Originally Posted by Big Rigger
Thanks Joe, for letting us in on the details of your crash. Compared to most of you guys, I have very little experience on two wheels. I found your insights on front wheel slides very helpfull. I do have alot of experience in crash analysis, and yours was expert. Most single vehical crashes are a result of a string of seeminly minor decisions, made sometimes long before the event. Also, in most cases, we recieve little warnings of inpending trouble long before it comes. The trick, of course, is recognizing the warnings and acting on them while they are just little ticklers in the back of your mind, if not, there is usually a small event (your slide) if not acted upon leads to a bigger event, and so on. Your words "good jugement" sums this all up. I hope other experienced, and not so experienced riders, on this forum will relate their incidents for all of us to learn from. Thanks again,
Don't forget the main cause which is excessive speed.
NONE of the other factors would have played a significant role if I had just slowed down. Many of the Northern California riders on this board have ridden with me and know that I USUALLY ride according to the situation. I can grind my pegs in the twisties on a warm day when I'm at 100% or I can be the rider that's holding the group back when I feel something is off. Don't forget that none of the other little causes contributed to my crash nearly as much as the one single bone headed choice to ride at a speed unsafe for the conditions at the time. Whether I was under the posted speed limit or not is irrelevant. The conditions don't apply to just the road or the weather, or even the number on the sign, they apply to the mechanical state of the bike and the mindframe of the loose nut behind the handlebar. I was well below the posted speed limit (which only applys to vehicles moving straight forward btw) but it was too fast for conditions. When you boil it all down, nearly every single vehicle accident's root cause is excessive speed for conditions. One thing that I've noticed over the years is also that in cases of multiple vehicle crashes, though the end report usually finds one person to blame (for insurance purposes) my father's advice of "It Takes two to have a wreck" generally holds true as well.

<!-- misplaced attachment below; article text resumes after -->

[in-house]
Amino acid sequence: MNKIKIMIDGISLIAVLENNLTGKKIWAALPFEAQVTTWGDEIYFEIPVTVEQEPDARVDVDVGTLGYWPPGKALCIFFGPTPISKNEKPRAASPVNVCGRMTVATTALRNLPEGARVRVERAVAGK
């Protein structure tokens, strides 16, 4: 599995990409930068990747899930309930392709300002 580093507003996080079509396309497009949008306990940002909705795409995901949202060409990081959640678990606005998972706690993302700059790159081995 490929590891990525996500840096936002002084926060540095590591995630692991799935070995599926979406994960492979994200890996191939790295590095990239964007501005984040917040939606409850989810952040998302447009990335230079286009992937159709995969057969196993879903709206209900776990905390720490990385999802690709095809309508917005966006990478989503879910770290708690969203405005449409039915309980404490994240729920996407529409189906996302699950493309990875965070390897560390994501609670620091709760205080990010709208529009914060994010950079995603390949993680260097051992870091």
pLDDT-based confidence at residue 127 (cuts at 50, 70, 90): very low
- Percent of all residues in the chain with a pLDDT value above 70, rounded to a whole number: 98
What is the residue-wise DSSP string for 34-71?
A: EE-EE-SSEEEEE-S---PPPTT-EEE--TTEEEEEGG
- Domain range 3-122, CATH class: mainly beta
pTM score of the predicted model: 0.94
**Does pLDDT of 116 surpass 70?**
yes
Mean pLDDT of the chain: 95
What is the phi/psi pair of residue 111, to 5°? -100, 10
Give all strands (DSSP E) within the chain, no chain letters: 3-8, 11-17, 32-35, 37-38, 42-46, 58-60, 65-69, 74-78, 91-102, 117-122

Normally I don't make my little stupid human tricks available for the general public's scrutiny but since this one was particularly dumb and there's the fact that I have witnessed EXACTLY the same crash too many times to count, I figured I should at least give some insight from my perspective in the hopes it will help someone else avoid it in the future.
This wasn't a big deal because I was luckily the only vehicle on the road. My final stopping point was in the opposing lane of traffic. Had I pulled the same manuever in Oakland where I lived till recently, someone else would be making this crash report. In the dirt on MX bikes, I've pulled some really cool and silly tricks. I've actually cracked the frames on two CRs! Lowsiding in the dirt isn't that big of a deal because dirt tends to be softer than pavement and you generally come to a fast stop but the real danger of a lowside on the street is that though you probably won't be seriously injured from the fall itself (assuming you have decent gear), while you are sliding you have no brakes and no directional control. You could easily slide right under a truck or over the cliff.